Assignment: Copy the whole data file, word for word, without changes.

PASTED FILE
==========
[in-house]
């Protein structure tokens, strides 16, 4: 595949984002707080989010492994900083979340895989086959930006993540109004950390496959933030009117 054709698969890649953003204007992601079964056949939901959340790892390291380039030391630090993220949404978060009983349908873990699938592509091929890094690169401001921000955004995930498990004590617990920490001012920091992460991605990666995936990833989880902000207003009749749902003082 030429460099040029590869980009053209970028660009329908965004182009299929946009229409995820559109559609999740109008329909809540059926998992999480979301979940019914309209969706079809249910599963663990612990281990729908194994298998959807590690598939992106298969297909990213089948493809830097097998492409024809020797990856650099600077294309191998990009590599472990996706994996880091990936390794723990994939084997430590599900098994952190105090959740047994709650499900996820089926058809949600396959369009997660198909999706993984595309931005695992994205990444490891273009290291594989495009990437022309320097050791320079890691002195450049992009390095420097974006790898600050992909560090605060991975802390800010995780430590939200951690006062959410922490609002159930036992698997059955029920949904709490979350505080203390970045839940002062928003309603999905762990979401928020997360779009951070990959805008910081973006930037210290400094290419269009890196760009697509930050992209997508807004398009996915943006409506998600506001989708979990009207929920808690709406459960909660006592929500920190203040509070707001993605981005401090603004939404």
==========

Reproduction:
[in-house]
């Protein structure tokens, strides 16, 4: 595949984002707080989010492994900083979340895989086959930006993540109004950390496959933030009117 054709698969890649953003204007992601079964056949939901959340790892390291380039030391630090993220949404978060009983349908873990699938592509091929890094690169401001921000955004995930498990004590617990920490001012920091992460991605990666995936990833989880902000207003009749749902003082 030429460099040029590869980009053209970028660009329908965004182009299929946009229409995820559109559609999740109008329909809540059926998992999480979301979940019914309209969706079809249910599963663990612990281990729908194994298998959807590690598939992106298969297909990213089948493809830097097998492409024809020797990856650099600077294309191998990009590599472990996706994996880091990936390794723990994939084997430590599900098994952190105090959740047994709650499900996820089926058809949600396959369009997660198909999706993984595309931005695992994205990444490891273009290291594989495009990437022309320097050791320079890691002195450049992009390095420097974006790898600050992909560090605060991975802390800010995780430590939200951690006062959410922490609002159930036992698997059955029920949904709490979350505080203390970045839940002062928003309603999905762990979401928020997360779009951070990959805008910081973006930037210290400094290419269009890196760009697509930050992209997508807004398009996915943006409506998600506001989708979990009207929920808690709406459960909660006592929500920190203040509070707001993605981005401090603004939404």